A needle is, as Doug Henning used to note in performance, the natural enemy of the balloon. Thus, it is not surprising that the effect of penetrating a needle or spike through a balloon has been approached many times. One early entry was William G. Strickland's “The Pneumatic Pincushion,” in the March 1930 Magic Wand, Vol. 18 No. 145, p. 73. That effect, as with other versions, began with having the balloon inserted into a box, which was then pierced with several knitting needles, with no harm to the balloon. Subsequent versions also used some sort of covering box or tube. Several of these were marketed.
The effect of piercing a fully unconcealed balloon – what we now think of as the “Needle Through Balloon” – was devised by Tom Ransom, and published in the New Phoenix of July 23, 1954, No. 312, p. 51 as “No Bop Balloon”. In this, a large hatpin was stuck into a balloon, and by doing this at the end of the balloon (where the rubber is thicker), the balloon would not burst.
In England, David Nixon performed this on his television series in 1956; in the December 1956 issue of The Gen, Vol. 12 No. 8, p. 172, this was described by Harry Stanley, who stated that it was the Ransom method (albeit without mentioning Ransom by name – starting a sad tradition in regard to this trick). At the start of 1956, Roy Baker marketed the “Pincushion Balloon.” This was the Ransom method.
In the March 1957 issue of The Gen, Vol. 12 No. 1, p. 278, appeared “Supertration” by G. N. Rhodes, wherein a balloon was pierced by several hatpins. This made use of the Grant method with tape, but as an overt penetration as in the Ransom routine.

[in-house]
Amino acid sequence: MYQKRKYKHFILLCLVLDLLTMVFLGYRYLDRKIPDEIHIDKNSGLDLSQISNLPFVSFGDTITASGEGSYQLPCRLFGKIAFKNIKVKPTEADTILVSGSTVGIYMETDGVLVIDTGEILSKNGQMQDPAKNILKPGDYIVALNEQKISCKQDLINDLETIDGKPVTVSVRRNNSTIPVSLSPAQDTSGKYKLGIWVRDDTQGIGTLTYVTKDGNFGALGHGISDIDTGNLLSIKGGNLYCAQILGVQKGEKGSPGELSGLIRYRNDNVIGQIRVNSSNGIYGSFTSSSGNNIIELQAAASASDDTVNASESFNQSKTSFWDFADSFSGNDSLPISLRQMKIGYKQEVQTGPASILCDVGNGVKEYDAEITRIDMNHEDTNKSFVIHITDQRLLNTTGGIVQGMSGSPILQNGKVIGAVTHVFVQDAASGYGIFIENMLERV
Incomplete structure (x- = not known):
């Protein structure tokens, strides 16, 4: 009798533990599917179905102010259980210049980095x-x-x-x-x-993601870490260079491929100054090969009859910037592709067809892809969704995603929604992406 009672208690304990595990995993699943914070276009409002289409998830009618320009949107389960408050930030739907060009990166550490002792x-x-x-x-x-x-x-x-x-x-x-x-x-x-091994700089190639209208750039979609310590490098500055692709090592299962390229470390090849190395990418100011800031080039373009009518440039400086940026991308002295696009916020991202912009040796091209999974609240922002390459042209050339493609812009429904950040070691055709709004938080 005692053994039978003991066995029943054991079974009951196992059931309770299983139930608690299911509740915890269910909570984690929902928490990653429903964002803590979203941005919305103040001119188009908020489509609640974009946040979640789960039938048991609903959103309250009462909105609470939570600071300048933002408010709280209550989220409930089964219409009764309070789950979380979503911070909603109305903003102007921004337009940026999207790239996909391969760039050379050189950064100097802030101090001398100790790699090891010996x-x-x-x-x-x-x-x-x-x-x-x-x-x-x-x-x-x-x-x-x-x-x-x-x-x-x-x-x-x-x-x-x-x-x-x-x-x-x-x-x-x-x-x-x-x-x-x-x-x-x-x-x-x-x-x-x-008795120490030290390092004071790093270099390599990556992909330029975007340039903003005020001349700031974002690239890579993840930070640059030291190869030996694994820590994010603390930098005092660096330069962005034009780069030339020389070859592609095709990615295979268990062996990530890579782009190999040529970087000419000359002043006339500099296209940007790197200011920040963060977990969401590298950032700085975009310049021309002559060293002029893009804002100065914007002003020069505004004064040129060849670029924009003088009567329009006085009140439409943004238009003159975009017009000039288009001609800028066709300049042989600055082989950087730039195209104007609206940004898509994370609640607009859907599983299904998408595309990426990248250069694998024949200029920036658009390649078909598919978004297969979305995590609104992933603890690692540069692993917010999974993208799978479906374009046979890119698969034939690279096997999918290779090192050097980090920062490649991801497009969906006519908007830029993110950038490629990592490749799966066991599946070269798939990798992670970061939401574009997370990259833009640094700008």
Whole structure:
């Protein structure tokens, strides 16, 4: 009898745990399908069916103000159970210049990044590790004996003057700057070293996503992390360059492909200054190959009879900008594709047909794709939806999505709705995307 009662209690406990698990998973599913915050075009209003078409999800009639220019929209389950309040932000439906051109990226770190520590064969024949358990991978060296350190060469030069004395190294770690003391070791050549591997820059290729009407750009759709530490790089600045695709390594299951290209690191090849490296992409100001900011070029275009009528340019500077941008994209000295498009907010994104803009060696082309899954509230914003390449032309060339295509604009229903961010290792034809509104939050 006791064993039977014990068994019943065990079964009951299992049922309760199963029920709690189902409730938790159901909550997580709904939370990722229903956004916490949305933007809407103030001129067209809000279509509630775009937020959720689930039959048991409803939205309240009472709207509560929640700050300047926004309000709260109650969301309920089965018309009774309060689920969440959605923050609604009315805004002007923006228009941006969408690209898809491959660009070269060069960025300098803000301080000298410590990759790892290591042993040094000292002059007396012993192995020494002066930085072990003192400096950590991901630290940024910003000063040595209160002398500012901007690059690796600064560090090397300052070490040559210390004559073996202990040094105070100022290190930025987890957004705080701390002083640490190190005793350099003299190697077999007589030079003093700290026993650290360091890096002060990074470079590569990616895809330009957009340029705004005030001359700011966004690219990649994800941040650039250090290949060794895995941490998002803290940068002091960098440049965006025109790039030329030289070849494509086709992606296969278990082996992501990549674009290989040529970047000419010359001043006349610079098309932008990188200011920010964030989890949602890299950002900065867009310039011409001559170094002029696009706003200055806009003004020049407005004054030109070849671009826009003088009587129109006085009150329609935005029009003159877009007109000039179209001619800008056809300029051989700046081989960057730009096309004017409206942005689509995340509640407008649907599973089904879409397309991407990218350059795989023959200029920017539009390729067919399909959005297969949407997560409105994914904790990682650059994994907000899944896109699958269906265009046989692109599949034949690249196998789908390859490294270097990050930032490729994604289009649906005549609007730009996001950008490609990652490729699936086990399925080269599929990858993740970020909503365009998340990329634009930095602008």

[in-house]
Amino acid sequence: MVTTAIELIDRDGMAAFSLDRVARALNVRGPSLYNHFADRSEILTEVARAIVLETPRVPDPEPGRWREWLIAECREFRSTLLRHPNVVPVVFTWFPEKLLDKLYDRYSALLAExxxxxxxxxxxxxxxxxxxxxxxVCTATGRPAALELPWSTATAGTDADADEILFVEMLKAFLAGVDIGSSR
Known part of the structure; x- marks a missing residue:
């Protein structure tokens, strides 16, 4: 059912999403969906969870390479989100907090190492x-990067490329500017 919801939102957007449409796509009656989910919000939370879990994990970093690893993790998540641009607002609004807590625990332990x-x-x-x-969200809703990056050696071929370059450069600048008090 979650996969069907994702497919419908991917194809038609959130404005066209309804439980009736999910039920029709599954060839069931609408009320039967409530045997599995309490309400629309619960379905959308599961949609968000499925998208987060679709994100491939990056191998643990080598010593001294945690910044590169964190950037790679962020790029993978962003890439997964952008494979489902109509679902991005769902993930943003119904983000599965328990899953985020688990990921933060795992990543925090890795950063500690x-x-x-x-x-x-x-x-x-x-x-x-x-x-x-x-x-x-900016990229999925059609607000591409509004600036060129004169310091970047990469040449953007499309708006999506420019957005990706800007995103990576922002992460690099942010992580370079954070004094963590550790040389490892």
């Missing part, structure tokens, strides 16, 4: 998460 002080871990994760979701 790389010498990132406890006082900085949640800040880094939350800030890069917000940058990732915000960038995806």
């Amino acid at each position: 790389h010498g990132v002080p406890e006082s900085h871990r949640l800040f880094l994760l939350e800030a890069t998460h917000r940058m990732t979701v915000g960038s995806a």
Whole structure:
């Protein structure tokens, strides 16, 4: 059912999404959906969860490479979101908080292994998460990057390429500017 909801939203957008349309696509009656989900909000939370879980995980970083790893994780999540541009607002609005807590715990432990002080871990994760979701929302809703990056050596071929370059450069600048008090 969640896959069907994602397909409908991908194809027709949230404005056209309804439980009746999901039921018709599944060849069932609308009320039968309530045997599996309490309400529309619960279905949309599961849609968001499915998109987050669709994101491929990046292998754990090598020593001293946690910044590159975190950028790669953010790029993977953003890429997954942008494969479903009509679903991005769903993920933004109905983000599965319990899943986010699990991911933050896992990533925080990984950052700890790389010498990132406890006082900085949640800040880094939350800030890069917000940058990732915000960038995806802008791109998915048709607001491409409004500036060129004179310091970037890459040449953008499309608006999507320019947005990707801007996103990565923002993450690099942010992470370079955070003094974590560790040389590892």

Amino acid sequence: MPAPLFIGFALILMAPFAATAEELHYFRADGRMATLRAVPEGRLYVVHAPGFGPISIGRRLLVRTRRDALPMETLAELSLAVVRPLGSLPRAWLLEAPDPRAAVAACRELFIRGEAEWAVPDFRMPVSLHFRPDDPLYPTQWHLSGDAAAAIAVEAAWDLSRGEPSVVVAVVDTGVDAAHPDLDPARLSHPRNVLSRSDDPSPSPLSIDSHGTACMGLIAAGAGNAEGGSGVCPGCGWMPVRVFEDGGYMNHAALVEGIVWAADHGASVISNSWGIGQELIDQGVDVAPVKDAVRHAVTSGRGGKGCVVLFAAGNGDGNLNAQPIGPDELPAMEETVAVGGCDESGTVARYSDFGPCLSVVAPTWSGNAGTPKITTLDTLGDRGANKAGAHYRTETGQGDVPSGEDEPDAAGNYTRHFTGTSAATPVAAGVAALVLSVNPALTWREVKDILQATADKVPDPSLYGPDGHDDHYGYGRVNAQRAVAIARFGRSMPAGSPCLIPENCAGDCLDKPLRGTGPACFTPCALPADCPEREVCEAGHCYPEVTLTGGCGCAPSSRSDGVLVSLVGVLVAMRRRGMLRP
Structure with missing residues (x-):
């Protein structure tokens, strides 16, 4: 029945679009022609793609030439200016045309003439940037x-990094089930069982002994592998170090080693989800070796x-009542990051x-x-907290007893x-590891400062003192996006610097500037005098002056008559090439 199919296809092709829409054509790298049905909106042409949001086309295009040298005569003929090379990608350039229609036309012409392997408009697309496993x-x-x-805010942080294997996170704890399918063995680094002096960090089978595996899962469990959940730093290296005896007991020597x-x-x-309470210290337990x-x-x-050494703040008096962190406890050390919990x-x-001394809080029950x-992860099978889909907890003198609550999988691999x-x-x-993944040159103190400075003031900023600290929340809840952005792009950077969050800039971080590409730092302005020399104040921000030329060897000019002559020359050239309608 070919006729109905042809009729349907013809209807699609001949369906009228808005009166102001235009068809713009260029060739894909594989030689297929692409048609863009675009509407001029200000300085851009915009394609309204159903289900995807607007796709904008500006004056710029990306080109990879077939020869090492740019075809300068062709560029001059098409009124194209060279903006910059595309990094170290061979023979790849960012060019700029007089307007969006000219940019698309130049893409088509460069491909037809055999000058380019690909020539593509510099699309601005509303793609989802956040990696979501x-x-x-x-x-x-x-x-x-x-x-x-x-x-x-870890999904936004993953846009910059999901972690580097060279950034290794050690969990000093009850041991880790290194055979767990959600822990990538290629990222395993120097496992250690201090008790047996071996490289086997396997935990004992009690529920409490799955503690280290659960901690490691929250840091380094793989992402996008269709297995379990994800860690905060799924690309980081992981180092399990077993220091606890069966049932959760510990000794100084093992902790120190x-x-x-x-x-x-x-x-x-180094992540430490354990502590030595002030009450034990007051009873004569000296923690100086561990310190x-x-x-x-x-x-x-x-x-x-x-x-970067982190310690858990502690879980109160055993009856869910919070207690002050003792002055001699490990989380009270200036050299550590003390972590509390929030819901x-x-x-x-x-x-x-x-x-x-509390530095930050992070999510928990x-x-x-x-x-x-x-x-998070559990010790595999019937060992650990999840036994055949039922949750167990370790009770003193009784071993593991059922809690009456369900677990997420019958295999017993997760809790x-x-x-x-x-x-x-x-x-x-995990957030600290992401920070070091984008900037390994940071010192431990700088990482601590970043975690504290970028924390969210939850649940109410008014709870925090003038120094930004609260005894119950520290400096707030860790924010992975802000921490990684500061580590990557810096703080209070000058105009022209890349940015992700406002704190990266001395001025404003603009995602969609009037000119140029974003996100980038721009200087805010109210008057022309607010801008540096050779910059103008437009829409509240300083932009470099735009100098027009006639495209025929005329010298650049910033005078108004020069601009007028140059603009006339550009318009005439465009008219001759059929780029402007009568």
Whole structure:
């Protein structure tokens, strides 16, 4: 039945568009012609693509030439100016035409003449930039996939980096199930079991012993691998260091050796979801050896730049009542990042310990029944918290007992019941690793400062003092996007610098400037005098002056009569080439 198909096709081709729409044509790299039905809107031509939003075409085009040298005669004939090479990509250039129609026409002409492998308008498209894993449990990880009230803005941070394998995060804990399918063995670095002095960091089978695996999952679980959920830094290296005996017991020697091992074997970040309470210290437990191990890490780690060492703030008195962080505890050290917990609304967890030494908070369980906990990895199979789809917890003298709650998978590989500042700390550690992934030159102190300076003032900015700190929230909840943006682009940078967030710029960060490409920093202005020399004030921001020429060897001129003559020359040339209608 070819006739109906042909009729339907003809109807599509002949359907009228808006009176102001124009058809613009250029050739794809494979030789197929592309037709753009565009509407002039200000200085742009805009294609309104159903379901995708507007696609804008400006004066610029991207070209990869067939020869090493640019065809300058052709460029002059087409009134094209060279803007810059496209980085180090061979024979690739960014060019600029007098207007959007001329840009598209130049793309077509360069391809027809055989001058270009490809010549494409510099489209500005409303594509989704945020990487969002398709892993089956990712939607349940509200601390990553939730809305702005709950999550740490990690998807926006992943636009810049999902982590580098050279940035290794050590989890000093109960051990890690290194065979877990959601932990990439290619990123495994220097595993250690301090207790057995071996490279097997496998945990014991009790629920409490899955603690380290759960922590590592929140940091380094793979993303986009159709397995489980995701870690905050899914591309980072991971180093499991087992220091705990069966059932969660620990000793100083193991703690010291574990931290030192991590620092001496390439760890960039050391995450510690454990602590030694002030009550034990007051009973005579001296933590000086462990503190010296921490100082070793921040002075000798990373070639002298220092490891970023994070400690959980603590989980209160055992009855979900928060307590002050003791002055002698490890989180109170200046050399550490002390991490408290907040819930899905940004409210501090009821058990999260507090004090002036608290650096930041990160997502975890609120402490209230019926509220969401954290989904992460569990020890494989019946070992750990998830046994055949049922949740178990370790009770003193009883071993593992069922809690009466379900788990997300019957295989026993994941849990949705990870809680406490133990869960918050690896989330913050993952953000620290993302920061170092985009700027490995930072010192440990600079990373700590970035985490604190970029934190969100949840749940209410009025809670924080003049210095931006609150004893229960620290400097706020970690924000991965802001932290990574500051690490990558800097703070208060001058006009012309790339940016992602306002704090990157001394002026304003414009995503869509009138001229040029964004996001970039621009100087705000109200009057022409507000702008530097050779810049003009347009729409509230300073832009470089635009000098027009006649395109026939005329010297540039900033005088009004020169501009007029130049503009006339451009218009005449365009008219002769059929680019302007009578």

In April 1957, U. F. Grant's “Bowl Fountain” was published in Hugard's Magic Monthly, Vol. 14 No. 11, p. 557. This was not a balloon penetration per se, but rather a method for producing a thin spout of water. A water-filled balloon, hidden inside a bowl, had a piece of transparent tape stuck on it. When the balloon was secretly pierced through the tape with a needle, the balloon did not rupture; instead, the pressure from the filled balloon caused the water to jet upwards. This appears to be the first use of tape to enable the piercing of the balloon without breakage.
From there, the effect using the Grant tape method with ordinary pins appeared in various beginner's books. In the June 1962 Linking Ring, Vol. 42 No. 6, p. 65, Bernard J. McGory Jr. had a routine called “Heart Surgery,” in which a red balloon was pierced using a large threaded upholstering needle. The balloon was “sewn” with the curved needle, meaning that the penetration went from outside in and from inside out, with the thread pulled along the route. This used the Grant method (McGory credits Rhodes, but mentions Grant).
In 1974, the German magic dealer Borretti marketed “Super Needled Balloon” which was advertised in English-language magic as of 1976. This was the Ransom method, using a transparent balloon (not a new idea) and a very large and sharp metal needle. The only new technical feature was the advice to lubricate the needle, making it less likely that such a large skewer would snag and thus burst the balloon.
Then in December 1977, on his second NBC special, Doug Henning performed the Needle Through Balloon using the oversized needle and transparent balloon. Almost overnight, it seemed that every dealer was selling those large needles along with the same type of colorless balloon that had been used by Henning. Thus, the Ransom method became hugely popular, and continues to be so today.
Amusingly, when Henning did it on his TV special he used the Grant tape method.
For a fuller study of the history of this trick, see Max Maven's “Tracking Slum Magic to It Lair: The Needle through Balloon” in Gibecière, Vol. 9 No. 1, Winter 2014, p. 87.